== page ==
“Lo-Fi” is a relatively new genre of music which abandons the modern sound of digital recordings for a raw, analog vibe. Songs may contain popping, vinyl scratches, and even skipping. It has evolved to include sub-genres such as “Lo-Fi Hip Hop,” and these sub genres have caused it to become moderately popular. Typically, “Lo-Fi” does not include original lyrics, with “Lo-Fi Hip Hop” usually being remixes of Hip Hop songs to make them seem vintage. Instead of lyrics “Lo-Fi” might enlist the use of sounds like water rushing, the aforementioned vinyl scratches and popping, conversations, or whispers.
By Daiki Henderson
[Available as a “pay what you want” download at: https://inlovewithaghost.bandcamp.com/album/”healing” or as a vinyl release for 12.00 Euros or 14.15 U.S. Dollars at: bigwax.fr/en/in-love-with-a-ghost/music/healing]
10 Songs, 17 Minutes
This extended project by In Love With A Ghost—which is a mere 17 minutes long—is a well-made production. In Love With A Ghost is a French “Lo-Fi” artist who has become decently popular due to tracks such as “we’ve never met but can we have a coffee or something”, the original version of this single getting six million views on YouTube. In Love With A Ghost has said that s/he records many of the sound effects in his/her songs on his/her own. In Love With A Ghost’s gender is unknown, and the artist refuses to reveal it, with one of the artist’s responses to a question regarding it being “no gender”.
The album is described as “a story about witches, magic, and friendship.” In sequence, the titles of each song tell a very short story, which still leaves much up to the listener to create. Half of the individual cuts here are under a minute long, while the rest of the album contains a one-minute song, plus four full-length songs. The longest track is “healing,” which is four minutes and seven seconds long. The production style is very uniform throughout, but each song is different enough for the tracks to not seem formulaic.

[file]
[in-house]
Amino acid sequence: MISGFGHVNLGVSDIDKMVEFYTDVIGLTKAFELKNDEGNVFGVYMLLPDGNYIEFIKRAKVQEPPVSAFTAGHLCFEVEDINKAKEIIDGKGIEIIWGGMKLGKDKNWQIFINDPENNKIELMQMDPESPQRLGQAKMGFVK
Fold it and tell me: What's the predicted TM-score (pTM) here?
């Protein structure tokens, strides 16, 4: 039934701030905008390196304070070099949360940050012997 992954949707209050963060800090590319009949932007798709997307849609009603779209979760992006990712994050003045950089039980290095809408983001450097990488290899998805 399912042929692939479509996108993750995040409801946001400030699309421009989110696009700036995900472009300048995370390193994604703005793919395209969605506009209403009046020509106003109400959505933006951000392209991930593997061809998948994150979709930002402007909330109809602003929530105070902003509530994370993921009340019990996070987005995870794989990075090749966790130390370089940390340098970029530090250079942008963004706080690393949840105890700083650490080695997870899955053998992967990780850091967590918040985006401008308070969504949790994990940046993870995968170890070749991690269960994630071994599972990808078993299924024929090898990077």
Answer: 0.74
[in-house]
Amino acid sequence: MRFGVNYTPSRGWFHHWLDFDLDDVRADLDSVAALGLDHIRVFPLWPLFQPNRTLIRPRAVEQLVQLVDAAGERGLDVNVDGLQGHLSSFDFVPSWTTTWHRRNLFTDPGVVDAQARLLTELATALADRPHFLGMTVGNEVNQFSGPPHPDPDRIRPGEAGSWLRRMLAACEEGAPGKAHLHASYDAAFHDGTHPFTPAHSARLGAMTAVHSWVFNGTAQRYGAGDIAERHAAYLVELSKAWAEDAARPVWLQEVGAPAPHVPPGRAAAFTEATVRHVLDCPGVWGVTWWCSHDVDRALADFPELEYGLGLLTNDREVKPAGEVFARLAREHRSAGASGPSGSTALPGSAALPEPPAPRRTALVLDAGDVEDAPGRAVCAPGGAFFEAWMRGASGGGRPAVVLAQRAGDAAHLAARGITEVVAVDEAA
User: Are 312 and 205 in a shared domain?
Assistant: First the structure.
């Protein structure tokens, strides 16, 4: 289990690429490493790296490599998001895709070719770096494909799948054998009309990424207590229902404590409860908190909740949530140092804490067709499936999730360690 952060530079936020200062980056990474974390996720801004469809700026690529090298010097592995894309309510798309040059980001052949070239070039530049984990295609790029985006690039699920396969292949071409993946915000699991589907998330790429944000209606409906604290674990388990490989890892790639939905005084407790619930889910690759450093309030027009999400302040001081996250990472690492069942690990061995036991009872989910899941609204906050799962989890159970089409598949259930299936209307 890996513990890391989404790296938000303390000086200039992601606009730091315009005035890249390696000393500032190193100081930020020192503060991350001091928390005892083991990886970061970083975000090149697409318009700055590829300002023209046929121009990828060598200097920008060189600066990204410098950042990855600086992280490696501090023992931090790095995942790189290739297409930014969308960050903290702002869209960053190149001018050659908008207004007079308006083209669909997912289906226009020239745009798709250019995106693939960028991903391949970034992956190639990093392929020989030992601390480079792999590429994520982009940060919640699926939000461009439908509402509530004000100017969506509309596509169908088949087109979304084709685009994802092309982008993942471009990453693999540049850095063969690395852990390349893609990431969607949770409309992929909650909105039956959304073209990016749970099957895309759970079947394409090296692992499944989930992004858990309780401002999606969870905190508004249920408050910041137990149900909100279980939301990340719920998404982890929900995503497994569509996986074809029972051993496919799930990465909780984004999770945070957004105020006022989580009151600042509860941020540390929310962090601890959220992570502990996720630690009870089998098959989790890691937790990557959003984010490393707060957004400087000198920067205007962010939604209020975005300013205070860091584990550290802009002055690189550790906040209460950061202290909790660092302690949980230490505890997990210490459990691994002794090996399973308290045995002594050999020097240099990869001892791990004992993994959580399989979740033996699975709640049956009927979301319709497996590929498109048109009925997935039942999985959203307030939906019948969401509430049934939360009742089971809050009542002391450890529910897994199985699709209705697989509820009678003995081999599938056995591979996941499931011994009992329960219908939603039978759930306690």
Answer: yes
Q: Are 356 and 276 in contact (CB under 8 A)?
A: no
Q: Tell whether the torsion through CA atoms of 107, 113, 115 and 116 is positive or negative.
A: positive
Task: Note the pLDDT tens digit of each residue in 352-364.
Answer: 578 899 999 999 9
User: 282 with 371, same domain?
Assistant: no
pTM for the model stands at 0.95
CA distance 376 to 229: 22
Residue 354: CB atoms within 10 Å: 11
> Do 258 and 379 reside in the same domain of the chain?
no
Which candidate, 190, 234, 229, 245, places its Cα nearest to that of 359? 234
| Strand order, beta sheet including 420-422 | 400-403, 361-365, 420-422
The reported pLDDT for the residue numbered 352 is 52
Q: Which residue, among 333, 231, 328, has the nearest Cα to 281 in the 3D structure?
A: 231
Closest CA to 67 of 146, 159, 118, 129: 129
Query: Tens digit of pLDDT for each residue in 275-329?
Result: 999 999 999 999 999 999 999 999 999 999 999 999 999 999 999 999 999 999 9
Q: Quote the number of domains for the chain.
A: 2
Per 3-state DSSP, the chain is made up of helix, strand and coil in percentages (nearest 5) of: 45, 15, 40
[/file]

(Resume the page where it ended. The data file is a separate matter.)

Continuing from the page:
This makes for a very enjoyable listen because the album is neither droning on, nor scattered. There are no words (or lyrics) on the record, save for a few background noises and whisperings in some of the songs. I especially like the door-knocking sound on “welcome to azerty and qwerty’s home,” since no matter how many times I hear this I find myself looking towards a door.
The story conveyed as you listen is very vague, but the arrangements and special effects are descriptive enough to keep it engaging. The music has a very simplistic sound, but evokes a happy mood throughout the whole album. This, coupled with the sounds in the background, gives the impression of a nice, vibrant world where the trees are bright green, and the water is crystal blue.
Overall, healing was very enjoyable and interesting. The simplistic melodies with somewhat complex components made the whole album very delightful. The project being very uniform also made the listening experience more pleasurable. But I would have loved the songs to be longer. Some of the sound effects were unnecessary or too distracting, in my opinion, as well. For these reasons I give this project an 8 out of 10.